"There is a tremendous pressure on us to develop the vaccine. But for us, safety and quality are paramount. We don't want to kill more people with the wrong vaccine," Ella said during an interaction with members of the Chennai International Centre on 'Covid-19 Endgame Scenarios' on Saturday.
"We want to do clinical research of the highest standards. We have been monitored by international agencies and communities. It's a matter of prestige for the country and for us. We won't be shortsighted on research and will produce the best quality vaccine," said Ella, while refusing to comment on the target date for the launch.
How fast clinical trials can be done depends on the time frame. For example, for rotavirus it takes six months to complete one phase. But for Covaxin (Bharat Biotech's Covid-19 vaccine) it took only 30 days for phase-I and the company has now entered phase-II.
Ella said the Indian vaccine industry isn't inferior to the MNCs of Europe and the US and is far ahead of the Chinese in technology and clinical research.
"We are not less than GSK or Sanofi (the global majors)," he says, adding that many people are skeptic about the capabilities of Indian companies. They were proved wrong when vaccines were developed for rotavirus, polio and other diseases with tremendous experience in manufacturing and clinical trials from India.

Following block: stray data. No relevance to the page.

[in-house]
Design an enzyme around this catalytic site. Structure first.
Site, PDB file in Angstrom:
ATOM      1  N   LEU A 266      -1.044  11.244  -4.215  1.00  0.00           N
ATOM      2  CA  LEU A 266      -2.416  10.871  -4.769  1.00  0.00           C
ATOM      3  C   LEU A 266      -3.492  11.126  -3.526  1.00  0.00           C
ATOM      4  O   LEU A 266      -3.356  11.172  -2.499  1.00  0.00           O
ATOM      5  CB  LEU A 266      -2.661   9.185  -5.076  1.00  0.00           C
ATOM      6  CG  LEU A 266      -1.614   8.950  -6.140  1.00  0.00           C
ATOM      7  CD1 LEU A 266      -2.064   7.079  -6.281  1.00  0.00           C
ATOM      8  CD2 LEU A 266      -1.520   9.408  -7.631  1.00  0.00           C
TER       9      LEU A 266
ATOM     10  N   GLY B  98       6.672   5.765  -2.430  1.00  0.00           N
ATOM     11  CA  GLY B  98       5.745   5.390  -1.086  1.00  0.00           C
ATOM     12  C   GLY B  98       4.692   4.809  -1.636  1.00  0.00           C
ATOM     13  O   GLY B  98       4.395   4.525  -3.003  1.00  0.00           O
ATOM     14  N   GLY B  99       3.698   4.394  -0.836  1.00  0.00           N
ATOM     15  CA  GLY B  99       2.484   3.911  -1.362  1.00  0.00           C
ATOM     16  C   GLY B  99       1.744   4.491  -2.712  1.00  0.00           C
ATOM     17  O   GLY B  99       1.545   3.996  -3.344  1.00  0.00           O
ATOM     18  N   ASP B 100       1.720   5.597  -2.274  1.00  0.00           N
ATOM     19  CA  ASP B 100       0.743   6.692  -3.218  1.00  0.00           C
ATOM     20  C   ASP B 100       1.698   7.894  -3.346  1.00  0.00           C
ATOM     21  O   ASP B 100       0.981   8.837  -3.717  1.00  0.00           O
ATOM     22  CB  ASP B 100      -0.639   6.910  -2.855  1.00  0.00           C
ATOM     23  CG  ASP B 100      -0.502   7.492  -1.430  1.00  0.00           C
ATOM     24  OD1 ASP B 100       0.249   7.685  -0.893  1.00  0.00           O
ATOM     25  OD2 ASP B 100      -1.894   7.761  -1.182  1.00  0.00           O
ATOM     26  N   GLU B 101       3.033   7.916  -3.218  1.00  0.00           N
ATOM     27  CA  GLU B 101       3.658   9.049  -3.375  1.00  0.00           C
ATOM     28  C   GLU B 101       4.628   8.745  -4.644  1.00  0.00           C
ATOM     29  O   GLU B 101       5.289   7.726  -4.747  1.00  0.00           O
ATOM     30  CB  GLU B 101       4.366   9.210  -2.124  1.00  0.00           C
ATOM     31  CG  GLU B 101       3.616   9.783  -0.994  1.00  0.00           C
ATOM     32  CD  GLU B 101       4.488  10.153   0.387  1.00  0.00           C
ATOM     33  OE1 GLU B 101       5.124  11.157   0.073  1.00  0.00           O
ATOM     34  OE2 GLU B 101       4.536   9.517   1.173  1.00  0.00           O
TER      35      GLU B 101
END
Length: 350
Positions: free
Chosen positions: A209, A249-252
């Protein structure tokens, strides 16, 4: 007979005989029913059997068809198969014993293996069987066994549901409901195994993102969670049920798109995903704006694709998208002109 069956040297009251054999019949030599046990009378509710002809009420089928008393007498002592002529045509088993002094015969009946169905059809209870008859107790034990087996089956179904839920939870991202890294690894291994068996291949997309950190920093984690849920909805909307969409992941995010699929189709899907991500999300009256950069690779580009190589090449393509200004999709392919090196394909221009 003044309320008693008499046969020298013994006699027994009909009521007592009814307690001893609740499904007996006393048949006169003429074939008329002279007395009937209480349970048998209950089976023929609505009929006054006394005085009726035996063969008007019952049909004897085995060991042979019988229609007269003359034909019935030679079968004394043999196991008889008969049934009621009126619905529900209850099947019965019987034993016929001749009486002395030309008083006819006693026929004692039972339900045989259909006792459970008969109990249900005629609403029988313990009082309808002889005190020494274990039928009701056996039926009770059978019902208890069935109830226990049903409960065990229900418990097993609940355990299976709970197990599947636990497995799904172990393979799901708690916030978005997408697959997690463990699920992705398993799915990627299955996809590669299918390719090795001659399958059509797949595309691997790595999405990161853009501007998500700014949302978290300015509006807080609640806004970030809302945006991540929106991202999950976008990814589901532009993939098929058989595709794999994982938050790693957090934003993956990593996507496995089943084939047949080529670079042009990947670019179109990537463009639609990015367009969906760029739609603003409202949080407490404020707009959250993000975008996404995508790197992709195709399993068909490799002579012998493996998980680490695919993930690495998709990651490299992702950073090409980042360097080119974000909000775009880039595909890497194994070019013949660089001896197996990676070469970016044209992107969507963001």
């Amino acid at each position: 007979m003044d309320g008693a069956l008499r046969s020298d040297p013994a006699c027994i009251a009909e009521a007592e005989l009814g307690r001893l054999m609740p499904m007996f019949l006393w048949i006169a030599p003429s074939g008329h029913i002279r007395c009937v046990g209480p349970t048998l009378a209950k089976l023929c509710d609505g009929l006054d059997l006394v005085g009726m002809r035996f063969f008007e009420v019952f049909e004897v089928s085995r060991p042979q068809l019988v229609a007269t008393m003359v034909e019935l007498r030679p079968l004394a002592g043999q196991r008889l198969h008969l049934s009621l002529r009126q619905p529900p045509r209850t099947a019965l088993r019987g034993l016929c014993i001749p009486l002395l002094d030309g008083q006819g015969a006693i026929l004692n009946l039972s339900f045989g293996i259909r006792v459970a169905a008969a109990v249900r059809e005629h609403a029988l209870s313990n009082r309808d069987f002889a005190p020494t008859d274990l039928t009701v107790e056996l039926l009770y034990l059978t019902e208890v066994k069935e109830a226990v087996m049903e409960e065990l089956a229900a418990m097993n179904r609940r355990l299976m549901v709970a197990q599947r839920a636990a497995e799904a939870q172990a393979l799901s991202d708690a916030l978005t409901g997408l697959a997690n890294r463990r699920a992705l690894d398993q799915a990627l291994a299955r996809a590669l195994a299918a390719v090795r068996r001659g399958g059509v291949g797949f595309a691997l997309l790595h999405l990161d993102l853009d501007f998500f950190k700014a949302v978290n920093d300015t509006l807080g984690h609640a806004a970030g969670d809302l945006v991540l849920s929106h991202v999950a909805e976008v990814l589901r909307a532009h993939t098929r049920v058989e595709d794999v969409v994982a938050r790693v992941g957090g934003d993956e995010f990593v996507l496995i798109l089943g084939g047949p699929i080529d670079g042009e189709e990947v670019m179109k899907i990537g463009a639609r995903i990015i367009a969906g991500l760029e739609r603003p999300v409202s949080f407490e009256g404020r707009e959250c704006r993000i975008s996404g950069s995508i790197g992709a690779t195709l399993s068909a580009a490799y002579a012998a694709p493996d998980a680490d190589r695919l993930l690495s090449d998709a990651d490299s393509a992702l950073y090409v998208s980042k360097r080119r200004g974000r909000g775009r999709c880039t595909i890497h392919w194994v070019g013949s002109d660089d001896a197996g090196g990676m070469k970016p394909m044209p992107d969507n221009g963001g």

The challenge is to evolve a strategy for attacking the pandemic, Ella explained.
"The pandemic has got so much attention not because of the deaths it is causing, but because it has destroyed the economy. That is why every politician and bureaucrat is talking about it. More people die in road accidents than Covid," Ella said, adding that people should not get paranoid, as it will lead to other problems.
Over the past 17 years, he has been telling the Government that it needs to work on developing solutions for the neglected diseases of the developing world, including China, India and Africa. These neglected diseases are turning out to be pandemics of the future. For instance, chickengunya and yellow fever, which were once described as "not important diseases", are being recognised as important ones globally.
Indian vaccine makers have proved they can develop quality and affordable vaccines, Ella said.
A few years back, his company launched a rotavirus vaccine for $1, when global major GSK supplied it for $85, with the same parameters and quality.
"This is what an Indian company can do. For this (Covid) vaccine also we will make it very affordable and accessible for everyone," Ella said, claiming that he has not taken a single rupee from the government, and that all the investment behind the project will be from the firm's own money.
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